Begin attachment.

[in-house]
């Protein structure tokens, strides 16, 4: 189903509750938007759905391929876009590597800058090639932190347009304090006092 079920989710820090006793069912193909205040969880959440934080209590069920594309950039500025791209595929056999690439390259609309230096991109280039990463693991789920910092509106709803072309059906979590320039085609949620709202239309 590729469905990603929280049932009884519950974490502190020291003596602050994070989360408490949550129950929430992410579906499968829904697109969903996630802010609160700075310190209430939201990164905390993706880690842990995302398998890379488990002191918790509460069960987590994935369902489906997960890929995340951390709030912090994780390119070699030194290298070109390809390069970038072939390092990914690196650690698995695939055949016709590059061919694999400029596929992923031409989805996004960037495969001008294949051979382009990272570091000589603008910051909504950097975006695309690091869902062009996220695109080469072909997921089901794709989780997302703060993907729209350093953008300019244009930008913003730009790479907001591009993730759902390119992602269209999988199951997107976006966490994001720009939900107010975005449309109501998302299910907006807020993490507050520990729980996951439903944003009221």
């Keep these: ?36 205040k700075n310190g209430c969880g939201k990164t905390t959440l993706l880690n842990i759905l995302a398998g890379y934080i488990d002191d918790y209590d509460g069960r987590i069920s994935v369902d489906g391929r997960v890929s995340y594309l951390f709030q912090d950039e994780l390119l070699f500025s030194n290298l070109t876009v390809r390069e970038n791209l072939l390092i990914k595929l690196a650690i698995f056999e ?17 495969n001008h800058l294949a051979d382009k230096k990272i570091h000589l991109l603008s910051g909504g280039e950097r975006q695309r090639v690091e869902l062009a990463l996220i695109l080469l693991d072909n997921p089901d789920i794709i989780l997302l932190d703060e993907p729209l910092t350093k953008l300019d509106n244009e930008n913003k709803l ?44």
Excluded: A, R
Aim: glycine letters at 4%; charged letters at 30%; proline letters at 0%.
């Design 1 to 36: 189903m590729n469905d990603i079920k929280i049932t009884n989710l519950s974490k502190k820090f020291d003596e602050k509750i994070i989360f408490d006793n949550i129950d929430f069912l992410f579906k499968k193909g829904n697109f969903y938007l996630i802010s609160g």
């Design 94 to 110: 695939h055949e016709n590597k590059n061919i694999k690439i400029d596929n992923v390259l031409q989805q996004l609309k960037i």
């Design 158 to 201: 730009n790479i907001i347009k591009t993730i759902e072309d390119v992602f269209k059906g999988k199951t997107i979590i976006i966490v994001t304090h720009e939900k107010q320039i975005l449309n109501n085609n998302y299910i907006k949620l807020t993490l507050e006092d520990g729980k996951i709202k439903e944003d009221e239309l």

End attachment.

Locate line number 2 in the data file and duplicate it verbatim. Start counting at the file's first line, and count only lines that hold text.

């Protein structure tokens, strides 16, 4: 189903509750938007759905391929876009590597800058090639932190347009304090006092 079920989710820090006793069912193909205040969880959440934080209590069920594309950039500025791209595929056999690439390259609309230096991109280039990463693991789920910092509106709803072309059906979590320039085609949620709202239309 590729469905990603929280049932009884519950974490502190020291003596602050994070989360408490949550129950929430992410579906499968829904697109969903996630802010609160700075310190209430939201990164905390993706880690842990995302398998890379488990002191918790509460069960987590994935369902489906997960890929995340951390709030912090994780390119070699030194290298070109390809390069970038072939390092990914690196650690698995695939055949016709590059061919694999400029596929992923031409989805996004960037495969001008294949051979382009990272570091000589603008910051909504950097975006695309690091869902062009996220695109080469072909997921089901794709989780997302703060993907729209350093953008300019244009930008913003730009790479907001591009993730759902390119992602269209999988199951997107976006966490994001720009939900107010975005449309109501998302299910907006807020993490507050520990729980996951439903944003009221």